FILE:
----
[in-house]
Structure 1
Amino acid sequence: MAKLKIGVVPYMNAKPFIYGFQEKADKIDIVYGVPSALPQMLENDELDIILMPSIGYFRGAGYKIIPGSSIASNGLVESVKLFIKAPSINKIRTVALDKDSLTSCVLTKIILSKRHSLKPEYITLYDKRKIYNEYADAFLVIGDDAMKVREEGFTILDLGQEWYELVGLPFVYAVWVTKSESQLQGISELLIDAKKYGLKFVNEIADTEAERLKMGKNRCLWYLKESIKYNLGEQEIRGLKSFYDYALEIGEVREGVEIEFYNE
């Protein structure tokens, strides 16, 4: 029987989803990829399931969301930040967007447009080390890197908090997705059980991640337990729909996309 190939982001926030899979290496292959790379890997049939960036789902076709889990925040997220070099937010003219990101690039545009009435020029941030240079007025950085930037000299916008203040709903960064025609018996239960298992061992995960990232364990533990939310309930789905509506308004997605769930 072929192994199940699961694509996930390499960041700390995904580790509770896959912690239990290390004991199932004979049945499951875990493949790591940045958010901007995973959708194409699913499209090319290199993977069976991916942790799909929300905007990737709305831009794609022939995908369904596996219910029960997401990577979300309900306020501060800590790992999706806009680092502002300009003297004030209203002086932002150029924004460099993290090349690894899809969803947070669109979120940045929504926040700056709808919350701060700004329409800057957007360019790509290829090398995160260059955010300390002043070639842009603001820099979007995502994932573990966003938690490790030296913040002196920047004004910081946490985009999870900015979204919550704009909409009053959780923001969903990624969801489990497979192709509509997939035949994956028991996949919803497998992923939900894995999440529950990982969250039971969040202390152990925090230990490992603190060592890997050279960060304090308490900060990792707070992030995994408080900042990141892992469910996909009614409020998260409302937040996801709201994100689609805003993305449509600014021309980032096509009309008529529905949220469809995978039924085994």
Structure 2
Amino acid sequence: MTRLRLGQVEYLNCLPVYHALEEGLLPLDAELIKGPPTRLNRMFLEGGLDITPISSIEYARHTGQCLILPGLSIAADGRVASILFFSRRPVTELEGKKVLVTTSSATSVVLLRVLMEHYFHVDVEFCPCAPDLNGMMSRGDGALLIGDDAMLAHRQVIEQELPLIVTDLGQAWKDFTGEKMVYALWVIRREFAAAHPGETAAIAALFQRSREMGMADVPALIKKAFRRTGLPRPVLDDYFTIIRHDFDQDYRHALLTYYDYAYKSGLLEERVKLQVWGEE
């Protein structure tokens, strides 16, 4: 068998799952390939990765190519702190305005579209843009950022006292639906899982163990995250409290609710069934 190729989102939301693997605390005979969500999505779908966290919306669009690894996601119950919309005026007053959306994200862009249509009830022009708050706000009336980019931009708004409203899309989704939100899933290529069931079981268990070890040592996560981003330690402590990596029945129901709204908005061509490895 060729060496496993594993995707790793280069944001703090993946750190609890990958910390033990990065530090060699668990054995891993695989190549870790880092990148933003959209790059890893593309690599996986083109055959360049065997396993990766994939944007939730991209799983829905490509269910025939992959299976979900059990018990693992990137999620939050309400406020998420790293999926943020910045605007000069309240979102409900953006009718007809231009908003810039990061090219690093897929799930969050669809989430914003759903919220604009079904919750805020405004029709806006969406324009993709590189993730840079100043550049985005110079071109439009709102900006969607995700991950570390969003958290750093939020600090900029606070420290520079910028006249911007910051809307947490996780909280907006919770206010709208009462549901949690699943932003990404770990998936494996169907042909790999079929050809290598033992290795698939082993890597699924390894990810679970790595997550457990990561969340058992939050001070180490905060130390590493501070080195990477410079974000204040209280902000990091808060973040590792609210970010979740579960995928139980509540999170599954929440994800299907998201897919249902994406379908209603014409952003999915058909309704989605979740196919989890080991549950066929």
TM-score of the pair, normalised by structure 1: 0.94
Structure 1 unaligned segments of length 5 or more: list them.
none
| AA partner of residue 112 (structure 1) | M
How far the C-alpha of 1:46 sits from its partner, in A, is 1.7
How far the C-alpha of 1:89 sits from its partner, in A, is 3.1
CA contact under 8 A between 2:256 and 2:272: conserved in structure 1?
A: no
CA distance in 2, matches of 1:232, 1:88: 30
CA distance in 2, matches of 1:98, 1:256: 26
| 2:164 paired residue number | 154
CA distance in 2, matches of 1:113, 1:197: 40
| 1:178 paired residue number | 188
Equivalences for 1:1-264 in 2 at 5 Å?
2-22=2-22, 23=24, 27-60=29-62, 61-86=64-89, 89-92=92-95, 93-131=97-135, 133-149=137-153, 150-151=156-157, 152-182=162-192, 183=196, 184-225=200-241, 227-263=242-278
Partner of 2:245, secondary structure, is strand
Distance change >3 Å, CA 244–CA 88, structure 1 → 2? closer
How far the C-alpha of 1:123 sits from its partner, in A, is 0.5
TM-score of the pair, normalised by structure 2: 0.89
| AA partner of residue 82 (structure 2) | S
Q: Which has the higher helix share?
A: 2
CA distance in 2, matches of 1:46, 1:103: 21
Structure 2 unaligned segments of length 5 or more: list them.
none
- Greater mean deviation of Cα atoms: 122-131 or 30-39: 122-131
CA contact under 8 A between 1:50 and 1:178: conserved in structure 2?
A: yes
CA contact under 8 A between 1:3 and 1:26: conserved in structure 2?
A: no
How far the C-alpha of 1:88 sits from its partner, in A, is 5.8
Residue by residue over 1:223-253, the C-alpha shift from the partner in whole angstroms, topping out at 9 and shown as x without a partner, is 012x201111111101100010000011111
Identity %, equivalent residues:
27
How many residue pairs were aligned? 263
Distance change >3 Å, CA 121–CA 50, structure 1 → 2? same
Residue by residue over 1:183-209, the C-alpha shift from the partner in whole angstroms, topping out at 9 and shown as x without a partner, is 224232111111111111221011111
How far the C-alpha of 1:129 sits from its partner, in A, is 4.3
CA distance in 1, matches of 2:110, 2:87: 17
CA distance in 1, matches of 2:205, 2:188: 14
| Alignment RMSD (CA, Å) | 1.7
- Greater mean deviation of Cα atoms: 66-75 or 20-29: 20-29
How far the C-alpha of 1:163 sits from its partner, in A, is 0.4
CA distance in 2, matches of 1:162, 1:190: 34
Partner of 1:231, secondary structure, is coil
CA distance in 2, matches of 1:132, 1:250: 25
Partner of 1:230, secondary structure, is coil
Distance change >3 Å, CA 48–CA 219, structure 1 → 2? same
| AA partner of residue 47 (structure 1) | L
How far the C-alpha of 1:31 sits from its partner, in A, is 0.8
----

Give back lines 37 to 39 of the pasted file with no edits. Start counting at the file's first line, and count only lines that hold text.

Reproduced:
A: no
How far the C-alpha of 1:88 sits from its partner, in A, is 5.8
Residue by residue over 1:223-253, the C-alpha shift from the partner in whole angstroms, topping out at 9 and shown as x without a partner, is 012x201111111101100010000011111